New research from Moneyfacts has indicated that it may be more sensible financially to invest in fixed bond rates as opposed to ISAs.
The data showed that currently, the highest percentage paid by a five-year bond is 2.5 percent, which compares favourably with the highest ISA percentage payment at 2.15 percent.
Over the course of five years, this could be a potential difference of £383.70 on a £20,000 investment, with the bond investor better off.
The Moneyfacts research also noted that there was a growing gap between the returns on ISAs and those on bonds.
Personal Savings Allowance Tax Break Hits ISAs
Two years ago – and before the personal savings allowance was introduced – it was possible to get an average two-year fixed rate of 1.69 percent on ISAs. Today, however, the figure is lower, reaching 1.08 percent.
Fixed rate bond interest rates have also fallen, but to a smaller degree. In 2015, the figure was 1.8 percent over a two-year period: in 2017, rates of 1.37 percent are available.
Further recent financial research has revealed that fewer UK consumers are choosing to open cash ISAs as a result of the personal savings allowance change, which gives those at the basic rate the chance to earn £1,000 per year in tax-free interest, and those higher rate taxpayers a chance to earn £500.
ISA Investors Not Convinced By Low Interest Rates
Rachel Springall, finance expert for Moneyfacts, noted that the ISA market was “in dire need of a boost in competition” in order to try to increase the number of new investors.
Ms Springall also noted that it would be “hard to convince” savers to invest in cash ISAs while the personal savings allowance remains in place. She also called the deterioration in interest on ISAs “shocking”.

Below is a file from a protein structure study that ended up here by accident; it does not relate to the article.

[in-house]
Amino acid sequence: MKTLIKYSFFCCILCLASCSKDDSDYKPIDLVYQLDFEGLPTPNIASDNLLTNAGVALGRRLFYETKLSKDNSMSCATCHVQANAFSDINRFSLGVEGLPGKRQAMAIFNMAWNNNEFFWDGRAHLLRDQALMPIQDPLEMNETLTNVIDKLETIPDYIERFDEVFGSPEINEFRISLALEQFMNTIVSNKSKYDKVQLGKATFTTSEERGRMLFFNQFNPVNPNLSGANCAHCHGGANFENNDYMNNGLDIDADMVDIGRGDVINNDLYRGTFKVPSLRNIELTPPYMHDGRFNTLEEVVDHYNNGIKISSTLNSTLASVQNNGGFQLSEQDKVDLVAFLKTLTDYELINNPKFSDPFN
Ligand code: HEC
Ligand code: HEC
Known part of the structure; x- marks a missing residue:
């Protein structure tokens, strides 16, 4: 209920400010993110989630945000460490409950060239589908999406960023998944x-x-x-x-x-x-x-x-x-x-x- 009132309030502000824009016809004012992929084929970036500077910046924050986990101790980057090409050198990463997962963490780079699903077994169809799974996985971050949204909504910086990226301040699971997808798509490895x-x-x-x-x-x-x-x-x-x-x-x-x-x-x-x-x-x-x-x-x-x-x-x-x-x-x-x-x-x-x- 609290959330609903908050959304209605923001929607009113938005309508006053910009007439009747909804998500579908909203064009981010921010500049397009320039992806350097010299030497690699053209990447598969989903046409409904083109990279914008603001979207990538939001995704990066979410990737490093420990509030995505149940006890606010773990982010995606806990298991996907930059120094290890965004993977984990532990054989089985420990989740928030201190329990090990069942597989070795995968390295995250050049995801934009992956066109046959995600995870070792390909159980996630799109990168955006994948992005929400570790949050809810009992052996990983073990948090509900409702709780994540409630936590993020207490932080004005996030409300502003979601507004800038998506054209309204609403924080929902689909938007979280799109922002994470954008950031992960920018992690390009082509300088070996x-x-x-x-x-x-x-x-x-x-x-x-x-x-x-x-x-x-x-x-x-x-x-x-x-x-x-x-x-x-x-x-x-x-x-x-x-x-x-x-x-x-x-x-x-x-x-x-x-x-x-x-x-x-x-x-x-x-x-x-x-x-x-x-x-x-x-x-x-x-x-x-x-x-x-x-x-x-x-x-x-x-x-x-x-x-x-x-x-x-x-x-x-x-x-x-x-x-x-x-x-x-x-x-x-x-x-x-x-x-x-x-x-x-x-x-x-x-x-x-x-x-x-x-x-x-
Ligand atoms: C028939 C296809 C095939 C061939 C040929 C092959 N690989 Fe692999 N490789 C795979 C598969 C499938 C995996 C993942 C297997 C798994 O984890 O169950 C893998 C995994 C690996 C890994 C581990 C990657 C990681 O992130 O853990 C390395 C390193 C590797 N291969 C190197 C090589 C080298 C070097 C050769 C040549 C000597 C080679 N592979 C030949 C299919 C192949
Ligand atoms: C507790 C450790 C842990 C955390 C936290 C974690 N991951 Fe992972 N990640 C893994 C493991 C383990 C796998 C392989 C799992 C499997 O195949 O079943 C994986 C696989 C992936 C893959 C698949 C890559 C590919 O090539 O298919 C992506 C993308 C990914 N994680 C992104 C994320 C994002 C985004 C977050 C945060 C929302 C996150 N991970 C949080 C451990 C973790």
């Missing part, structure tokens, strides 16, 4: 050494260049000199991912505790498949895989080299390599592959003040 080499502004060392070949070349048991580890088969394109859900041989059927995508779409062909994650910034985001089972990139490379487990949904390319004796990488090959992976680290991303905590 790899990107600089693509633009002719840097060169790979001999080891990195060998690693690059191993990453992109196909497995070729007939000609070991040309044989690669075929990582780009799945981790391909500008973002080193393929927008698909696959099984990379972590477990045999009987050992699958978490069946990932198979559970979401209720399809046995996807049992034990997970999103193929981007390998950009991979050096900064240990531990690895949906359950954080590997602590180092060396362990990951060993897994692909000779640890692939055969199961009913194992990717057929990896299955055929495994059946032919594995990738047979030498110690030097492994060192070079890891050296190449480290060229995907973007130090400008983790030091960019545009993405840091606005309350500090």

Innovative Finance ISAs Gain Followers
This week hasn’t been all bad news for ISAs however, with HMRC revealing that ‘Innovative Finance’ ISAs (IFIsas) have seen positive take-up, with 2,000 new accounts being opened during the last tax year.
Over £17m was invested in total, with the average new account investment reaching £8,500 during the 16/17 financial year.
A number of vendors have offered IFIsas, including Octopus, Folk2Folk and Kuflink. The IFIsa was first introduced by the government in April 2016 and allows savers to invest their annual ISA investment allowance back into the P2P lending market.
At the same time as announcing the growth in IFIsas, HMRC did note a fall in cash ISA investment, with the amount invested in these accounts falling to £39.2bn in the 16/17 financial year: a big decrease on the £58.7bn invested in the previous year.
Richard Stone, speaking on behalf of the Share Centre, noted his interest in the fact that although ISA performance had fallen, this was predominantly as a result of pure cash ISAs.
ISAs as a whole were first introduced back in April 1999, replacing personal equity plans (PEPs) and tax-exempt special savings accounts (TESSAs).
ISAs are tax exempt, and it’s estimated that the cost of the tax relief for the accounts amounted to £2.6bn in the 2015/16 financial year alone.